The music of Georg Philipp Telemann is always a great pleasure to perform. One of the most gifted and prolific composers of his era, one very often finds in his music a sense of light-heartedness and fun that stands out amongst the German Baroque composers.
His Water Music suite is no exception and a delightful example of his imaginative approach. Composed in ten movements in the form of a French dance suite, it portrays grand scenes from Hamburg harbour and visions from Greek mythology of the water gods at play.
As the content is quite whimsical, performers are given a degree of licence to have fun with the piece. Traditionally, Baroque music includes limited direction on the page, and it’s left to the performer to inject as much character into the score as possible; to bring the composer’s imagination to life.
Tides rushing in and out, drenching storms, nymphs and tritons at play; a watery feast! The way we use our instruments and bows, the different combinations of strings and winds, extremes of dynamics – all the tools we have at our disposal, really. Expect a kind of 18th century "virtual reality"!
I hope you will join me and the orchestra at our upcoming concert Vivaldi's Four Seasons.
Principal Second Baroque Violin
Johann Sebastian Bach’s Ciaccona is one of the most famous works by one of the most famous composers in Western music, and I am delighted to be performing it to celebrate both thirty years of the Australian Brandenburg Orchestra and a new generation of performers specialising in this old music that continues to mean so much to so many.
“The Ciaccona” as it is so commonly referred to, is a work of considerable proportions - fifteen minutes and 256 bars of one violin spinning up to four lines. Bach is famous for writing to perfection for each instrument and this work is no exception. In particular, his exploitation of the violin’s ability to self-accompany with chords pushed the violin well beyond that which had been previously explored.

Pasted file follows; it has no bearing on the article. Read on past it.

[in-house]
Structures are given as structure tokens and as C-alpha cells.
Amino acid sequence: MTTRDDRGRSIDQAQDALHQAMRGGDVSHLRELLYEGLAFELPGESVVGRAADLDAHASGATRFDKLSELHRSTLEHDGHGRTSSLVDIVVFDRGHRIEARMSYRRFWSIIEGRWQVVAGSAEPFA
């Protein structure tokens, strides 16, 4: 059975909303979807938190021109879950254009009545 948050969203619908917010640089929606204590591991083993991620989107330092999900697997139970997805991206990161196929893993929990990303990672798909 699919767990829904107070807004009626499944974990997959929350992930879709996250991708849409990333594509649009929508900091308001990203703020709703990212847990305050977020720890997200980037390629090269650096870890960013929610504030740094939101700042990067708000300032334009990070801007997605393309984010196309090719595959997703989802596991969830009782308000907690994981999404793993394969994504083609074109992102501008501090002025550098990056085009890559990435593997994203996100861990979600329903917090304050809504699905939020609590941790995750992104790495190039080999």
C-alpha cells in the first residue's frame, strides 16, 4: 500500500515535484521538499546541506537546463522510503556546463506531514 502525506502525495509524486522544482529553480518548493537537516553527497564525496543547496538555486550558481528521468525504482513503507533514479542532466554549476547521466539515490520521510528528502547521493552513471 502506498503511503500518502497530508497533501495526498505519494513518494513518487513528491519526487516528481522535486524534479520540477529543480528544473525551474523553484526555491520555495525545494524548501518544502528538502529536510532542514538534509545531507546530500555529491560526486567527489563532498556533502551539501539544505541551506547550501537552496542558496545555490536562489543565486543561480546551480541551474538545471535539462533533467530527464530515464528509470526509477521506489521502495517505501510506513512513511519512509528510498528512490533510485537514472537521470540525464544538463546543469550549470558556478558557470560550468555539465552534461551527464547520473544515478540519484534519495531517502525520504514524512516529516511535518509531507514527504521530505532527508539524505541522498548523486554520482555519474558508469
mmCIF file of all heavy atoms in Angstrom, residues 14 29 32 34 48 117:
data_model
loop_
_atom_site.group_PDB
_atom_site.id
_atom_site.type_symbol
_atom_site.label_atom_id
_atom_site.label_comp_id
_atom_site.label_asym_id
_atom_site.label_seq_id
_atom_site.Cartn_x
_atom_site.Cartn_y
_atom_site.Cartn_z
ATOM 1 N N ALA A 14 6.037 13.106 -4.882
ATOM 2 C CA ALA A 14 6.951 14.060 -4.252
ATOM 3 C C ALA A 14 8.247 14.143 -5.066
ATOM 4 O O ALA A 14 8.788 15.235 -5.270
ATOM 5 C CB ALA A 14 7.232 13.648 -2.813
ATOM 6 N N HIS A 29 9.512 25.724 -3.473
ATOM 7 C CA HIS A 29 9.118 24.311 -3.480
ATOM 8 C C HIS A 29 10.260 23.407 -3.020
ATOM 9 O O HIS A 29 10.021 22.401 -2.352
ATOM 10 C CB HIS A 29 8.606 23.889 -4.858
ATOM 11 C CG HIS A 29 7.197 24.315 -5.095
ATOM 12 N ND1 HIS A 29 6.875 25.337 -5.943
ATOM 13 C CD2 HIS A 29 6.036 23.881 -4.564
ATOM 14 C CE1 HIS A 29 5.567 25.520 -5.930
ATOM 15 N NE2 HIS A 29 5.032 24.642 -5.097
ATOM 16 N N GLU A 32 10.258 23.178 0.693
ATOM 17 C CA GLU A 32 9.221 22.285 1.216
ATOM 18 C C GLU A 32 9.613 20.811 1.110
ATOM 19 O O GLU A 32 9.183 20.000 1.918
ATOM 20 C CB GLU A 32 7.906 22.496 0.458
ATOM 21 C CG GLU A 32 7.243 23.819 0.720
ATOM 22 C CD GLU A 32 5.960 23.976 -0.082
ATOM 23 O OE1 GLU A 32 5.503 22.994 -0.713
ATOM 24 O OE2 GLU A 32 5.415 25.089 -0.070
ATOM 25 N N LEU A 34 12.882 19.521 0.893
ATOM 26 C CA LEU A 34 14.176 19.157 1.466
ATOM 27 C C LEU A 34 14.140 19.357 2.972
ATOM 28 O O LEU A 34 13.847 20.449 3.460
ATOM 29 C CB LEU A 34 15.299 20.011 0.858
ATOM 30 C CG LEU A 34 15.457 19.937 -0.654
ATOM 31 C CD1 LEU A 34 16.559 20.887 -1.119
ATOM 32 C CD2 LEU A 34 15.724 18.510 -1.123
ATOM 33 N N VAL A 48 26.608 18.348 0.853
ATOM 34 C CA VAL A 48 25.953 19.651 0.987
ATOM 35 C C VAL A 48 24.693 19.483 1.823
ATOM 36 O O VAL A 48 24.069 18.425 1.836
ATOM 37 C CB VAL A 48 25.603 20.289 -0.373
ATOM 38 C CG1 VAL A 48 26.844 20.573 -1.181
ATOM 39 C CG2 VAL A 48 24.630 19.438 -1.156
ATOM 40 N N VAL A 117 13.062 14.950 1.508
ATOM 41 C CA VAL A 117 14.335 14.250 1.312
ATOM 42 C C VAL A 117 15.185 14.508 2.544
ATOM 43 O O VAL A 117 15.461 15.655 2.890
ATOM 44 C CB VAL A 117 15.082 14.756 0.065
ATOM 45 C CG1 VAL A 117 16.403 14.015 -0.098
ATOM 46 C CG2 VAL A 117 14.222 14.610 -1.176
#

As a form, the Ciaccona itself has an interesting history. Originating in Spain, this fifteenth-century dance was sexy and soon made its way to the rest of Europe where it became a vehicle for sets of variations. In France, the chaccone was extremely popular as an orchestral accompaniment to dance in the opera, while the Italian ciaccona generally explored virtuosity and showmanship. Bach filled his Ciaccona with musical quotes and numerology which has led some researchers to believe this work to be a Tombeau in memory of his first wife Maria Barbara.
Brahms wrote of this piece, “On one stave, for a small instrument, the man writes a whole world of the deepest thoughts and most powerful feelings. If I imagined that I could have created, even conceived the piece, I am quite certain that the excess of excitement and earth-shattering experience would have driven me out of my mind.”
This is a work that all the great violinists play and I am so looking forward to sharing it with you.
Guest Baroque violin soloist in Next Generation Baroque
Well, soon we are to begin rehearsals for the remarkable Brandenburg Concertos which will soon open in Sydney on 27 February.
Not only do I have the honour of performing the fifth concerto which is scored for strings and three solo instruments: transverse flute, violin and harpsichord, but I also perform the fourth, scored for concertino violin and two ‘fiauti d’echo’, alongside Mikaela Oberg (Baroque recorder).